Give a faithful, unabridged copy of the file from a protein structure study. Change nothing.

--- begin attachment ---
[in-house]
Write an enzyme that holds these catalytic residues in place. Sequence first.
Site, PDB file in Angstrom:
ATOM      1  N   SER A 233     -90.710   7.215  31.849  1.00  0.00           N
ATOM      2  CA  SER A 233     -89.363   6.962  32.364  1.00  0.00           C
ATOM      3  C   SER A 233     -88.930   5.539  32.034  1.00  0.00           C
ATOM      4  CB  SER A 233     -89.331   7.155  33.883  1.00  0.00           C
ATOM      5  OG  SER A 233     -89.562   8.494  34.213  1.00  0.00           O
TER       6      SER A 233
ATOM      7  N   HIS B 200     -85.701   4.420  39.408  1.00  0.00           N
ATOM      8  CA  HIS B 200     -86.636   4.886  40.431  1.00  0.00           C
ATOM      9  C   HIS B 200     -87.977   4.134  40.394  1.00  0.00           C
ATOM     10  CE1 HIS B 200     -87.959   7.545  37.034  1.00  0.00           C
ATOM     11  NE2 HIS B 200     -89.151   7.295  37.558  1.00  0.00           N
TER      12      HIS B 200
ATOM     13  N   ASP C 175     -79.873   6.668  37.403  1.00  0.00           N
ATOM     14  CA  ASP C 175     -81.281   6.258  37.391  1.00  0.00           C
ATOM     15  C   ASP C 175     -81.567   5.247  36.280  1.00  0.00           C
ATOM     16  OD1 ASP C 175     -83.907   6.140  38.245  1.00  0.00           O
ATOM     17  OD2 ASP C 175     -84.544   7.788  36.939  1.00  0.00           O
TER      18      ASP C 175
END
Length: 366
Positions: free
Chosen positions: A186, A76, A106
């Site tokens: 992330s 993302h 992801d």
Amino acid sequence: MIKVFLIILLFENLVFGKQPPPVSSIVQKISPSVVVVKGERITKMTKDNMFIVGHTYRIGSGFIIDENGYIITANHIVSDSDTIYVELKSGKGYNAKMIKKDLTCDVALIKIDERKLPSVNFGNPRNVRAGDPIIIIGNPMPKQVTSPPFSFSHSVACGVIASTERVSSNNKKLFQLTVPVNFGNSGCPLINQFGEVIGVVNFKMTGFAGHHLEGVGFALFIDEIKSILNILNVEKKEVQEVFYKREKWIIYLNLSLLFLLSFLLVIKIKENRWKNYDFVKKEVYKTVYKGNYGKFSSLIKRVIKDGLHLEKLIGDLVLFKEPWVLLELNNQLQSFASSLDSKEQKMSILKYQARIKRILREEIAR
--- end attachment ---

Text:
[in-house]
Write an enzyme that holds these catalytic residues in place. Sequence first.
Site, PDB file in Angstrom:
ATOM      1  N   SER A 233     -90.710   7.215  31.849  1.00  0.00           N
ATOM      2  CA  SER A 233     -89.363   6.962  32.364  1.00  0.00           C
ATOM      3  C   SER A 233     -88.930   5.539  32.034  1.00  0.00           C
ATOM      4  CB  SER A 233     -89.331   7.155  33.883  1.00  0.00           C
ATOM      5  OG  SER A 233     -89.562   8.494  34.213  1.00  0.00           O
TER       6      SER A 233
ATOM      7  N   HIS B 200     -85.701   4.420  39.408  1.00  0.00           N
ATOM      8  CA  HIS B 200     -86.636   4.886  40.431  1.00  0.00           C
ATOM      9  C   HIS B 200     -87.977   4.134  40.394  1.00  0.00           C
ATOM     10  CE1 HIS B 200     -87.959   7.545  37.034  1.00  0.00           C
ATOM     11  NE2 HIS B 200     -89.151   7.295  37.558  1.00  0.00           N
TER      12      HIS B 200
ATOM     13  N   ASP C 175     -79.873   6.668  37.403  1.00  0.00           N
ATOM     14  CA  ASP C 175     -81.281   6.258  37.391  1.00  0.00           C
ATOM     15  C   ASP C 175     -81.567   5.247  36.280  1.00  0.00           C
ATOM     16  OD1 ASP C 175     -83.907   6.140  38.245  1.00  0.00           O
ATOM     17  OD2 ASP C 175     -84.544   7.788  36.939  1.00  0.00           O
TER      18      ASP C 175
END
Length: 366
Positions: free
Chosen positions: A186, A76, A106
């Site tokens: 992330s 993302h 992801d």
Amino acid sequence: MIKVFLIILLFENLVFGKQPPPVSSIVQKISPSVVVVKGERITKMTKDNMFIVGHTYRIGSGFIIDENGYIITANHIVSDSDTIYVELKSGKGYNAKMIKKDLTCDVALIKIDERKLPSVNFGNPRNVRAGDPIIIIGNPMPKQVTSPPFSFSHSVACGVIASTERVSSNNKKLFQLTVPVNFGNSGCPLINQFGEVIGVVNFKMTGFAGHHLEGVGFALFIDEIKSILNILNVEKKEVQEVFYKREKWIIYLNLSLLFLLSFLLVIKIKENRWKNYDFVKKEVYKTVYKGNYGKFSSLIKRVIKDGLHLEKLIGDLVLFKEPWVLLELNNQLQSFASSLDSKEQKMSILKYQARIKRILREEIAR